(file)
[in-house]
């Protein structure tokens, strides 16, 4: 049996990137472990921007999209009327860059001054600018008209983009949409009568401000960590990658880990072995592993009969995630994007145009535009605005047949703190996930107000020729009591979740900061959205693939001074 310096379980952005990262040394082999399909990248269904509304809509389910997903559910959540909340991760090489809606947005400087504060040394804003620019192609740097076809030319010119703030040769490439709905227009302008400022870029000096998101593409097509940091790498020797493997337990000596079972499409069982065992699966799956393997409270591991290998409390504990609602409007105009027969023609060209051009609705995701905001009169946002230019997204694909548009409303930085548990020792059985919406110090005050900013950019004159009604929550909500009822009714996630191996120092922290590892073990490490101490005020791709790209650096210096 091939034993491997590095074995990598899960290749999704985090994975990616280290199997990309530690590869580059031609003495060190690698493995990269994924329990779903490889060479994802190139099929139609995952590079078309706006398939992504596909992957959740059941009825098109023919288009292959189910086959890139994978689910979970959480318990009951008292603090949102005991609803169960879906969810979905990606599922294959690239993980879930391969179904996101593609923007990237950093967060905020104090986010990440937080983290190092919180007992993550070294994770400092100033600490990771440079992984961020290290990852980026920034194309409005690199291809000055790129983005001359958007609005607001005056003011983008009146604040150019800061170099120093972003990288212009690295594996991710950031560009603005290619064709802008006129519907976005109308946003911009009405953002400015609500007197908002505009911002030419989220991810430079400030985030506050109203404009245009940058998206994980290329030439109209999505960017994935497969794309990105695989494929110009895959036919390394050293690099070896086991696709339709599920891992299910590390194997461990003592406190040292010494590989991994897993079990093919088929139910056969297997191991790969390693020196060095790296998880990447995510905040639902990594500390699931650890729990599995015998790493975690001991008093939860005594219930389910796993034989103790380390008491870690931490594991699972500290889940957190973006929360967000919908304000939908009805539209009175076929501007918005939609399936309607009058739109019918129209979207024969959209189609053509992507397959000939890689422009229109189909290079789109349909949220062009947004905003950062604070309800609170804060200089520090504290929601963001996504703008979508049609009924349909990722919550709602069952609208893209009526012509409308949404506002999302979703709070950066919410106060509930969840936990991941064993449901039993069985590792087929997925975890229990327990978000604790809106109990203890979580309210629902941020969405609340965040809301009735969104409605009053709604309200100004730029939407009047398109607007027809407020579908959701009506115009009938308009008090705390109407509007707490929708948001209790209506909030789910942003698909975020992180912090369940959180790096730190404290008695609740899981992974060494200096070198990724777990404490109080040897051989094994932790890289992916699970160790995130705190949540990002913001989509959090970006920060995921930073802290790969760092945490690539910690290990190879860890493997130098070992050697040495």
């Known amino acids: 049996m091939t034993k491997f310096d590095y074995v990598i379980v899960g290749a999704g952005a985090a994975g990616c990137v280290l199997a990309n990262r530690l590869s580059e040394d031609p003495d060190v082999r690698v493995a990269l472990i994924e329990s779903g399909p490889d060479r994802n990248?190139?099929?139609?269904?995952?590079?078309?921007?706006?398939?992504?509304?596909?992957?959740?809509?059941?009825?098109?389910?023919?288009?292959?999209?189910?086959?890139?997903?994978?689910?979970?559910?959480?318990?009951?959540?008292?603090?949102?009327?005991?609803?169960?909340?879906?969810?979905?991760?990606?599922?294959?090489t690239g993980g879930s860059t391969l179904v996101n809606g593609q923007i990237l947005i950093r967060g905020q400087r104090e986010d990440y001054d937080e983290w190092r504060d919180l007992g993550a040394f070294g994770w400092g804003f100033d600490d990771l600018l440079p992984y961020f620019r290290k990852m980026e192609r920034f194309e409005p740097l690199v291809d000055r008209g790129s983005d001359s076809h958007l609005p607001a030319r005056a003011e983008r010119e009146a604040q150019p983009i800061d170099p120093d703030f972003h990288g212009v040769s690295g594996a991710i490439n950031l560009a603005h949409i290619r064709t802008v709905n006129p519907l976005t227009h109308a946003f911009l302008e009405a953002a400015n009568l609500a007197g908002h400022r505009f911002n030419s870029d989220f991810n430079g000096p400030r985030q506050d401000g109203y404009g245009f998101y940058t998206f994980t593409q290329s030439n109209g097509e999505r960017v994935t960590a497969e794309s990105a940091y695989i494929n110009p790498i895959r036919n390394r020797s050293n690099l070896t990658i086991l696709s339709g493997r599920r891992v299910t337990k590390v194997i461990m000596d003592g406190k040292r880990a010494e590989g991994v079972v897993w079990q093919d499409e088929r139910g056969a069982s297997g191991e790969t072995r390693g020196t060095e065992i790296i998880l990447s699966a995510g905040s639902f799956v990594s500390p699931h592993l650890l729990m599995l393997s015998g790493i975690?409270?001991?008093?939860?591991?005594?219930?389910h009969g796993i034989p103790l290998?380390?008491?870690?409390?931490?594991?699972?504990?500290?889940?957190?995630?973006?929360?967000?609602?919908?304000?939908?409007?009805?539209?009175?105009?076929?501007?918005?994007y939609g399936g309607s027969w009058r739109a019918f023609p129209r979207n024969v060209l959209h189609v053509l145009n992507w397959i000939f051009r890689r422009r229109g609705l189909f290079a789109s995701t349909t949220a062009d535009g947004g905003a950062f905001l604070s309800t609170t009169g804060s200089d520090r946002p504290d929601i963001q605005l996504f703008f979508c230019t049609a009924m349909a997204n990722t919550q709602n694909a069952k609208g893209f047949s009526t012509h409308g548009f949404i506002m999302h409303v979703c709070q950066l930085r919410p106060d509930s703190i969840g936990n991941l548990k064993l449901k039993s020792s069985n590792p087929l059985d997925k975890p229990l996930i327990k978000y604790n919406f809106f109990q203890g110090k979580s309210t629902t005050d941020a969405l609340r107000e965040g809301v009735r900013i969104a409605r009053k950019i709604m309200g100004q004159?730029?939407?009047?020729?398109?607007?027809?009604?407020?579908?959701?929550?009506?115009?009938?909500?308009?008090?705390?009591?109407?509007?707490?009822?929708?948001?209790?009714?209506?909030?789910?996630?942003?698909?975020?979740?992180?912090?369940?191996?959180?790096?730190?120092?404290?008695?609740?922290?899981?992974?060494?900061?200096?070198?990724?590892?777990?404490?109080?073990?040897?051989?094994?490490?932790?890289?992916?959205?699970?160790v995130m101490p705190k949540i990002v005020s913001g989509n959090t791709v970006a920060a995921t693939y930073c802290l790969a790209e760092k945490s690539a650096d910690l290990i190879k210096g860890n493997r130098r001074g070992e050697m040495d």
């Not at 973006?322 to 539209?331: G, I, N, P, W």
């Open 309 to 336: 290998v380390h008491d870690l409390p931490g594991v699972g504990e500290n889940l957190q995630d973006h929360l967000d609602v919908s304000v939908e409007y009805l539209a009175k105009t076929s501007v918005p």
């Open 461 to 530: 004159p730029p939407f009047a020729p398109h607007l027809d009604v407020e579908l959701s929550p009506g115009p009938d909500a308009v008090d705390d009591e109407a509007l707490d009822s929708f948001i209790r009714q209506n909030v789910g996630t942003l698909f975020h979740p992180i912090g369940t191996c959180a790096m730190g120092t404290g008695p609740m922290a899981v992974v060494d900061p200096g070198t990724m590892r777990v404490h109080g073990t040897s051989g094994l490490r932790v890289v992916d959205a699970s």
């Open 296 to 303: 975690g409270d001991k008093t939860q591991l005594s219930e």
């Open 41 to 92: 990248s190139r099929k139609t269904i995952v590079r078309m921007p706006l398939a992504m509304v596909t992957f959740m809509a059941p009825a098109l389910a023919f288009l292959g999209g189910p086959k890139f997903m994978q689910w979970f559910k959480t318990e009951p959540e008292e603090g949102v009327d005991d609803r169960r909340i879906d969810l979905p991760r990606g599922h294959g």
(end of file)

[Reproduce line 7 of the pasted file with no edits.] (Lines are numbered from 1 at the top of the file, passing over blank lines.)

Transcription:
């Open 296 to 303: 975690g409270d001991k008093t939860q591991l005594s219930e």